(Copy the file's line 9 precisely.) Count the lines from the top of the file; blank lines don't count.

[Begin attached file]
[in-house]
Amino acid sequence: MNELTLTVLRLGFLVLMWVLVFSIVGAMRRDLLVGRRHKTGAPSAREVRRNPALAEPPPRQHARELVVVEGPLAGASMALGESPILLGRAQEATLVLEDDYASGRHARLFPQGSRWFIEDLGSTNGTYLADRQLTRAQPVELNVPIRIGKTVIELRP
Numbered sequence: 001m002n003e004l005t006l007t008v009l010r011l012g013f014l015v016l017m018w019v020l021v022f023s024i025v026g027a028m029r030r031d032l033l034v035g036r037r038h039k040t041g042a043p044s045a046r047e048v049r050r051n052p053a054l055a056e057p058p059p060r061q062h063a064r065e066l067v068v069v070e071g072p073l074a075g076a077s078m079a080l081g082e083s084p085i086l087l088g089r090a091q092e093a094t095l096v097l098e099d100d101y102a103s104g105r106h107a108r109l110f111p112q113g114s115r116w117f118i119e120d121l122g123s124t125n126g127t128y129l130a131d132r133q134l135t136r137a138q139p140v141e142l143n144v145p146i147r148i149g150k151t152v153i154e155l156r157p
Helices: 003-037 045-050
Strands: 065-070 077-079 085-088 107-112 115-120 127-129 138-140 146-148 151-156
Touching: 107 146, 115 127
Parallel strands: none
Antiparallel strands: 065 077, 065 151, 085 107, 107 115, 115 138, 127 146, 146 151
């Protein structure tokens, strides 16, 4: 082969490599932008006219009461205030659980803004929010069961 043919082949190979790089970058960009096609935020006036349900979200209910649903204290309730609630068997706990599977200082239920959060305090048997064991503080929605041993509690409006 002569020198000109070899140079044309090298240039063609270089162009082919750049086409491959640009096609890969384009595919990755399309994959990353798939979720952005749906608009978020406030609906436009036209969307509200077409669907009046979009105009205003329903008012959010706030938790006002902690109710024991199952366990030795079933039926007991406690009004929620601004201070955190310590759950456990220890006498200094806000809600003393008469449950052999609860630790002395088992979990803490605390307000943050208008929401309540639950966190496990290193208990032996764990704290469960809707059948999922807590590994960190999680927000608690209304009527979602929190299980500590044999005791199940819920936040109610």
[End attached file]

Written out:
């Protein structure tokens, strides 16, 4: 082969490599932008006219009461205030659980803004929010069961 043919082949190979790089970058960009096609935020006036349900979200209910649903204290309730609630068997706990599977200082239920959060305090048997064991503080929605041993509690409006 002569020198000109070899140079044309090298240039063609270089162009082919750049086409491959640009096609890969384009595919990755399309994959990353798939979720952005749906608009978020406030609906436009036209969307509200077409669907009046979009105009205003329903008012959010706030938790006002902690109710024991199952366990030795079933039926007991406690009004929620601004201070955190310590759950456990220890006498200094806000809600003393008469449950052999609860630790002395088992979990803490605390307000943050208008929401309540639950966190496990290193208990032996764990704290469960809707059948999922807590590994960190999680927000608690209304009527979602929190299980500590044999005791199940819920936040109610």